If you participate in donating to important causes this holiday season, we extend our annual reminder to keep your local progressive art studio in mind. Studios facilitating the creative practices of fantastic artists that we discuss depend on the support of their local communities in the form of both patronage and charitable giving. These invaluable programs depend largely on Medicaid funding and now more than ever rely directly on you as continued government support is increasingly uncertain.
Of course these studios are also places to find incredible holiday gifts. Visiting and collecting works of art that you love to live with is a powerful way to integrate disability (disparate thinking) into your life in a personal and authentic way. If there’s a progressive art studio in your community, you'll almost certainly find some of the most original and remarkably affordable local art is being created there. Alternatively, you can now purchase many artists’ work online, such as Sarah Malpass at NIAD, Evelyn Reyes at Creativity Explored, or Larry Pearsall of DAC on Amazon. Please refer to our side-bar directory for all studio locations and websites.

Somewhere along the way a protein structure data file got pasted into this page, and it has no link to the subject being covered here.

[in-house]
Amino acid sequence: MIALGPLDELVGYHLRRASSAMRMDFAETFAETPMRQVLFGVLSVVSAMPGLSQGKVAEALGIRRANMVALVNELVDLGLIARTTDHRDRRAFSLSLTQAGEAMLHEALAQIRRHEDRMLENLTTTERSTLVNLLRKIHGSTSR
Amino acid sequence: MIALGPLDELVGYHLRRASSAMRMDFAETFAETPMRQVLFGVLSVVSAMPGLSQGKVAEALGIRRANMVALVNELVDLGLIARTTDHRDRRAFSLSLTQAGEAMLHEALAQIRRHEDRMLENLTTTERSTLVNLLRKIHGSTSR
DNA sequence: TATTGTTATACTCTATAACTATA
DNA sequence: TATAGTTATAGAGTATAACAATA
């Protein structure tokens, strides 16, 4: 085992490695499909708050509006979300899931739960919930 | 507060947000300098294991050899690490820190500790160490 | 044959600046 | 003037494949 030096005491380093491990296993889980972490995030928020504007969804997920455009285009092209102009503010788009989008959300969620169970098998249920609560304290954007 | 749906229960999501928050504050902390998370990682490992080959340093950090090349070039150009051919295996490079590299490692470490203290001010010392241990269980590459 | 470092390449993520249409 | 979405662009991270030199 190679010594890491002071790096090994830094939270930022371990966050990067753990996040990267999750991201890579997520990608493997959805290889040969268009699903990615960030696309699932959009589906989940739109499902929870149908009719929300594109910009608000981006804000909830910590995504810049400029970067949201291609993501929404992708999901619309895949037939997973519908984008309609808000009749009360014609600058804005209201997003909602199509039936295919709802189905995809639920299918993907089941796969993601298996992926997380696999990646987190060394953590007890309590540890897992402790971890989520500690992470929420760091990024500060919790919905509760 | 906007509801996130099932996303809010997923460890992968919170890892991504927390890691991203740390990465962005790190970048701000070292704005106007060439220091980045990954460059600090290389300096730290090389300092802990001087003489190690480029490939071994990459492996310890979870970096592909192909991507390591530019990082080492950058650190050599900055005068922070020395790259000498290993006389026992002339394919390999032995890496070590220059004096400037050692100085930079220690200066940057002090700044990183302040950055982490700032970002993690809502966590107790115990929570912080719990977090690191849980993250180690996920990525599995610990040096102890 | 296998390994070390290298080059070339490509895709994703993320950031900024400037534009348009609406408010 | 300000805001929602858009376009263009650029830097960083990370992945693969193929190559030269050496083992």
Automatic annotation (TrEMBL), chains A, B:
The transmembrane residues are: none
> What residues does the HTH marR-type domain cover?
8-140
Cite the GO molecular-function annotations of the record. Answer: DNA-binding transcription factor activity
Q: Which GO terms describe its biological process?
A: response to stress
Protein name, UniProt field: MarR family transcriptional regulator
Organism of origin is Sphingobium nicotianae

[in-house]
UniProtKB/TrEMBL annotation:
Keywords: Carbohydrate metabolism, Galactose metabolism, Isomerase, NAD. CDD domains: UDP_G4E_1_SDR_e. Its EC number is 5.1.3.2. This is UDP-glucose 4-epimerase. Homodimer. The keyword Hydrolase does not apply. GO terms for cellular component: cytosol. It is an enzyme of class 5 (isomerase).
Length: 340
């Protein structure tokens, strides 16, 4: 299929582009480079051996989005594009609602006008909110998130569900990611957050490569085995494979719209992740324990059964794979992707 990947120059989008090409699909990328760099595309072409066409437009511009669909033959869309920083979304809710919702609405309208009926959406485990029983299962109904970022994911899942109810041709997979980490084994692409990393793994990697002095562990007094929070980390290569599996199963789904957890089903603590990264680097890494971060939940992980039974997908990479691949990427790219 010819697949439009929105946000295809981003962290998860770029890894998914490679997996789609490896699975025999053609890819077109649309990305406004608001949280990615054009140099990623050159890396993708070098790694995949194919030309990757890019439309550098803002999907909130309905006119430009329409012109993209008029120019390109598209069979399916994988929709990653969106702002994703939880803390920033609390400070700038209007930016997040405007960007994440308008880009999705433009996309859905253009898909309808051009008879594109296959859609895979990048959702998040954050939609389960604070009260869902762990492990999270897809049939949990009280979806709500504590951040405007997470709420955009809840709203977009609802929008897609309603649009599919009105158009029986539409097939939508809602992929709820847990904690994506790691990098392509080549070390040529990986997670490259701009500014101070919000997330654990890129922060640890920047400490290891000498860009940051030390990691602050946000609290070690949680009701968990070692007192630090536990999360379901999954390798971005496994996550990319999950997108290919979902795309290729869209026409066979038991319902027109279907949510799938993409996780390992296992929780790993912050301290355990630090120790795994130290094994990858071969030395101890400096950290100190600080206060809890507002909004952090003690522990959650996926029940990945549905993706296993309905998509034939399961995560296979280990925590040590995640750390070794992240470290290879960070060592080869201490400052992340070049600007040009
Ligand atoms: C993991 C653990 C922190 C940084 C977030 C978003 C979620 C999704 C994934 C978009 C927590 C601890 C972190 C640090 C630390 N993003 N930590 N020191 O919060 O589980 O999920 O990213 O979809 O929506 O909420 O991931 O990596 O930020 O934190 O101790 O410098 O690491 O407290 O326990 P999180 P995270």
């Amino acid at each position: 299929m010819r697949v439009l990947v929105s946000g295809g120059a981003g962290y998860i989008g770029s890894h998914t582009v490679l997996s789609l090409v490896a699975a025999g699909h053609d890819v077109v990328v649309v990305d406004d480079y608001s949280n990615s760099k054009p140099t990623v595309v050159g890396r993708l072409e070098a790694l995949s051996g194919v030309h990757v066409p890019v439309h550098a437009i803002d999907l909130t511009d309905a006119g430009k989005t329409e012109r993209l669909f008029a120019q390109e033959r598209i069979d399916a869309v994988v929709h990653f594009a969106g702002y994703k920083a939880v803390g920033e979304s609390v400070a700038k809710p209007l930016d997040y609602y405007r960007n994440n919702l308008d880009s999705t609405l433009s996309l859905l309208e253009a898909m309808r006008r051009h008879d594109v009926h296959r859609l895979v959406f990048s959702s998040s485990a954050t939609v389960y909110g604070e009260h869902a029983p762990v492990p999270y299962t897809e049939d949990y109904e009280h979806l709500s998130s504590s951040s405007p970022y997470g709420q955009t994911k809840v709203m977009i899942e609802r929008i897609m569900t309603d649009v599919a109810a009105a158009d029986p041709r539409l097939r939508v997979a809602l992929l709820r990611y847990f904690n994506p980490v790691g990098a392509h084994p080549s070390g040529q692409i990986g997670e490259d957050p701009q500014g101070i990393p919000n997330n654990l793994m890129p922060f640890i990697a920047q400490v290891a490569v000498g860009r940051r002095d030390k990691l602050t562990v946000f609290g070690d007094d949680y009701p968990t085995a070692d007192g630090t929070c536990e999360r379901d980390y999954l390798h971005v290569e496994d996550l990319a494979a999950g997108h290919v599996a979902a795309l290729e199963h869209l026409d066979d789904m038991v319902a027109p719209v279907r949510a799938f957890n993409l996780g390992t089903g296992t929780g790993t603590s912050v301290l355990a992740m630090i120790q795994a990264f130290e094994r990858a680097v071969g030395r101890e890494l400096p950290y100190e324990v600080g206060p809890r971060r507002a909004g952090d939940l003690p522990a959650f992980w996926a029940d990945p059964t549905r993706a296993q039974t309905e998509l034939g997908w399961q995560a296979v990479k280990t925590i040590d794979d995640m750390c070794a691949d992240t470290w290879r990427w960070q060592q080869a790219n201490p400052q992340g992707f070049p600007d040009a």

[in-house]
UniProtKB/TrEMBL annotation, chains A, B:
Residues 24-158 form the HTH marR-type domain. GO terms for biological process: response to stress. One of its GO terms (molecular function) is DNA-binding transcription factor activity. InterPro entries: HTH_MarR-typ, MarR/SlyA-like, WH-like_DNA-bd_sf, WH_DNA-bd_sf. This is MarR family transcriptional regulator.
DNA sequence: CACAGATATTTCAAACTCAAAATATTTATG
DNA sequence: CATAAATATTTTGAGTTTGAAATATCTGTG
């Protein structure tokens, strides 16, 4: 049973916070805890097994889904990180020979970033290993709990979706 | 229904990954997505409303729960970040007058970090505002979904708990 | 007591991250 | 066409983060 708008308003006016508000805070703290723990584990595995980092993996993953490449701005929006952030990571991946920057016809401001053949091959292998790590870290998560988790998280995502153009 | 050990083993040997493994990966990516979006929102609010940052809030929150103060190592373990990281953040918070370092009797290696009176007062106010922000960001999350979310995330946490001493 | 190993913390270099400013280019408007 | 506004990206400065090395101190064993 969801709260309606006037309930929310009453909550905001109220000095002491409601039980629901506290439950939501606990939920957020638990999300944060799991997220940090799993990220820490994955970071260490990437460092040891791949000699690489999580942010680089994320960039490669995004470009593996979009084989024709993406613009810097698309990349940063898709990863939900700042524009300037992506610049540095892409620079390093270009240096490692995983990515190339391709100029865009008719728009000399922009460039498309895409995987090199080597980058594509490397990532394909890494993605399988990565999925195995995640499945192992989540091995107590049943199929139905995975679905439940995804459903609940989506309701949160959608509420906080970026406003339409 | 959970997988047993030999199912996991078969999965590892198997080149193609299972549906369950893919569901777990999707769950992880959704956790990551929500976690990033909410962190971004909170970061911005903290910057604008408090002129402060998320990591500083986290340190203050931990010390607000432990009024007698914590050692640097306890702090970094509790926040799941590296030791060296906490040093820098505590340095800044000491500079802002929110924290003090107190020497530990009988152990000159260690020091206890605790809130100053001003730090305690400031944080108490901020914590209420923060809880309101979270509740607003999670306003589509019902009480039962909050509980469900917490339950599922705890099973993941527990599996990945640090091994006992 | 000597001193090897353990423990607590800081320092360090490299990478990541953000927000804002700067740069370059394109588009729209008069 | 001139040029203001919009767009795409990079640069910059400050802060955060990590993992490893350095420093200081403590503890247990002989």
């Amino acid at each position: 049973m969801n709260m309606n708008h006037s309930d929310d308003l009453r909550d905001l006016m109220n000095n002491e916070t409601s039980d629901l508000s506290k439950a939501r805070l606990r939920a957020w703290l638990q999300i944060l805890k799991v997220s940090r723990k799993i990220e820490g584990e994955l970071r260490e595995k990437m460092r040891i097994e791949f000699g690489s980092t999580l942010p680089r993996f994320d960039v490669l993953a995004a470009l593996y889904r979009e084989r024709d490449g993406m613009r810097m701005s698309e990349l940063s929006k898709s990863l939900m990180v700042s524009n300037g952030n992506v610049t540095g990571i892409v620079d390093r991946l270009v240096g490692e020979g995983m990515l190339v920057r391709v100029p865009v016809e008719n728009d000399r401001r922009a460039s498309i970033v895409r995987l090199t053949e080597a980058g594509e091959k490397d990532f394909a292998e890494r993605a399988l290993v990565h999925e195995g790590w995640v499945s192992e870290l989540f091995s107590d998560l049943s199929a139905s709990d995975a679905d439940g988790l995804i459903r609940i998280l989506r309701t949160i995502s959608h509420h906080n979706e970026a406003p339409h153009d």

If you’re interested in supporting larger organizations that advocate for disability rights on a national scale, this year we offer the following two recommendations:
ADAPT has always been at the forefront of the fight for disability rights even before the ADA. These heroes have been putting their lives and liberty on the line all year to defend Medicaid, crowding the halls of Congress, crashing meetings, and staging sit-ins at the offices of our political leaders - getting arrested and accruing legal fees in the process. ADAPT is still a relatively small organization, but these individuals saved America this year and they need your support.
The ACLU, co-founded by Helen Keller, has always understood disability rights in their most progressive form to be essential civil rights. They have been providing the legal muscle behind this movement at crucial moments - some you may have heard of and others you may not. When the state of Oklahoma sent letters to Medicaid recipients in early November indicating their home care services would be terminated at the end of the month, an ACLU lawsuit sent the state legislature back to work.